Post # 54
    382 posts
    Helper bee
    • Wedding: September 2016

    Each to their own but I personally hate anything that tells me I have to do such and such as a gift. I get that you don’t want a pile of stuff for your home but there is something a little presumptuous about asking for money for anything for me.

    I have never been to a wedding where I haven’t gifted something to the bride and groom and usually it is cash but when I get one of those poems in my invitations, I do think it’s a bit demanding telling me my gift won’t be appreciated unless it’s a cheque or donation to honeymoon. I know a lot of people who are cool with it but for me, you aren’t just asking for gifts which can come across rude, you are dictating what that gift is allowed to be.

    I’m not a massive stickler for etiquette but to me it’s just basic manners not to ask for gifts so boldly. Including them in your invite comes across as ‘if you want to come, don’t forget you have to pay’ which for me is a no no.

    Most people know it’s standard to gift something at a wedding so will ask what you’d like but it isn’t mandatory and personally, I’m just happy for people to show up at my wedding whether they bring a gift or not. 

    Post # 55
    530 posts
    Busy bee

    We don’t have a honeyfund or anything like that – the only reason we even registered anywhere was because my mother and aunt insisted we needed to for the traditional gift givers (whatever that means). I was hoping the poem was worded nicely enough to really convey that we truly do not want anything (Our honeymoon will be paid for by us as well.)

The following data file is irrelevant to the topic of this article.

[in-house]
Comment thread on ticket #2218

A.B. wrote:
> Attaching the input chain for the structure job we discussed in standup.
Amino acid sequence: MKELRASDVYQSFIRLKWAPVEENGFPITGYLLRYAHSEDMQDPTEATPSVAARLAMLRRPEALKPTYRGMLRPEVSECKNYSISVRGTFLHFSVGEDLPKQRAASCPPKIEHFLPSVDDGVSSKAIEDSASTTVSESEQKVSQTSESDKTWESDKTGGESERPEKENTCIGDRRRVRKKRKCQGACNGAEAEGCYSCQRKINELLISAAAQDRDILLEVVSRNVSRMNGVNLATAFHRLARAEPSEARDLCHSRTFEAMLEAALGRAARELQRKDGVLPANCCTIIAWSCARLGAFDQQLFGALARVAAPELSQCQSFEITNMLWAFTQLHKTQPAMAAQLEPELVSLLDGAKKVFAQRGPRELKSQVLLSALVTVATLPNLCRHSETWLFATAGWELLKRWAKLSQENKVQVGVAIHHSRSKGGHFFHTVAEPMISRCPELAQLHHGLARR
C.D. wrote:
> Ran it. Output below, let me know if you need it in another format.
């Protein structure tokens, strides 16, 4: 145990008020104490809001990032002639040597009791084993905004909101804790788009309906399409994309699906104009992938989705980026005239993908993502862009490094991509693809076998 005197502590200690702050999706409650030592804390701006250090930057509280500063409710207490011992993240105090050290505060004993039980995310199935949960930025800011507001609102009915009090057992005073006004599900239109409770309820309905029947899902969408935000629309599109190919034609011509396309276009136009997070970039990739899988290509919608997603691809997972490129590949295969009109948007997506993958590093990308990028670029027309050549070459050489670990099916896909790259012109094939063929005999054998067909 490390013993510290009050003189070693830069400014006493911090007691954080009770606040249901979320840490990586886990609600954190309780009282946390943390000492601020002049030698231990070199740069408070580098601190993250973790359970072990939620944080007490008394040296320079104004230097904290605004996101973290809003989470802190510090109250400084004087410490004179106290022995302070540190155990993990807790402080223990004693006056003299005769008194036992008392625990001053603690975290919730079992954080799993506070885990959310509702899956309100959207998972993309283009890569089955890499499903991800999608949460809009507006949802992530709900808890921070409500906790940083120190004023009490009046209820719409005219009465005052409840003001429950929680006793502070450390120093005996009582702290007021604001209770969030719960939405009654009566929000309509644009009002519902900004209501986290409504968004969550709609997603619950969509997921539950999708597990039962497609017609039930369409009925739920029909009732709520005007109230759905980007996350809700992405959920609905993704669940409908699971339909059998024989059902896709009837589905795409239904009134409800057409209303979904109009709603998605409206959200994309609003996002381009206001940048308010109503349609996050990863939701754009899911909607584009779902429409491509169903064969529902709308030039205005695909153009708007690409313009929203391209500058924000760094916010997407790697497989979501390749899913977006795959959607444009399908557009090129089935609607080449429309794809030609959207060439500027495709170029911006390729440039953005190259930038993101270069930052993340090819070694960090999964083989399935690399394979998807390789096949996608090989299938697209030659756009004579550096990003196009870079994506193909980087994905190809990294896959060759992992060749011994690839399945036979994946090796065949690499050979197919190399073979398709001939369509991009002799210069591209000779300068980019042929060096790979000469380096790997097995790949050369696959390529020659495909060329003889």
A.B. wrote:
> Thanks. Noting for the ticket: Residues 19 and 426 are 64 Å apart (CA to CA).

Our website actually has a lot of information as far as travel arrangements and hotel blocks go because it’s a destination wedding for a lot of people. We have very discreetly put a link to our two registries in a corner. 

    Oh! I forgot to mention the reason we are including anything is because we are not having a engagement party, bridal or couples shower beforehand.

    • This reply was modified 3 years, 7 months ago by Profile Photo A11eycat.
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    Post # 56
    907 posts
    Busy bee
    • Wedding: October 2016

    That poem is foul.

    Post # 57
    382 posts
    Helper bee
    • Wedding: September 2016

    Duplicate post deleted!

    Post # 58
    382 posts
    Helper bee
    • Wedding: September 2016

    ironmaidelah:  The worst I’ve heard is…

    ‘So what do you get for the Bride and Groom,

    Who’s house needs things for every room?

    When shopping for a gift, please don’t be rash,

    As there’s always an option to just give us cash!

    We hope you don’t find our request to be funny,

    But we’d much prefer a gift of money!’

    I realise that OP didn’t ask for an opinion on this so I’m going off a bit but it just sounds so greedy to me to specify that you will only appreciate cash gifts. What happened to being grateful for what you are given? 

    The topic ‘honeyfund vs gift registery (rude to put in the invite) need opinions please’ is closed to new replies.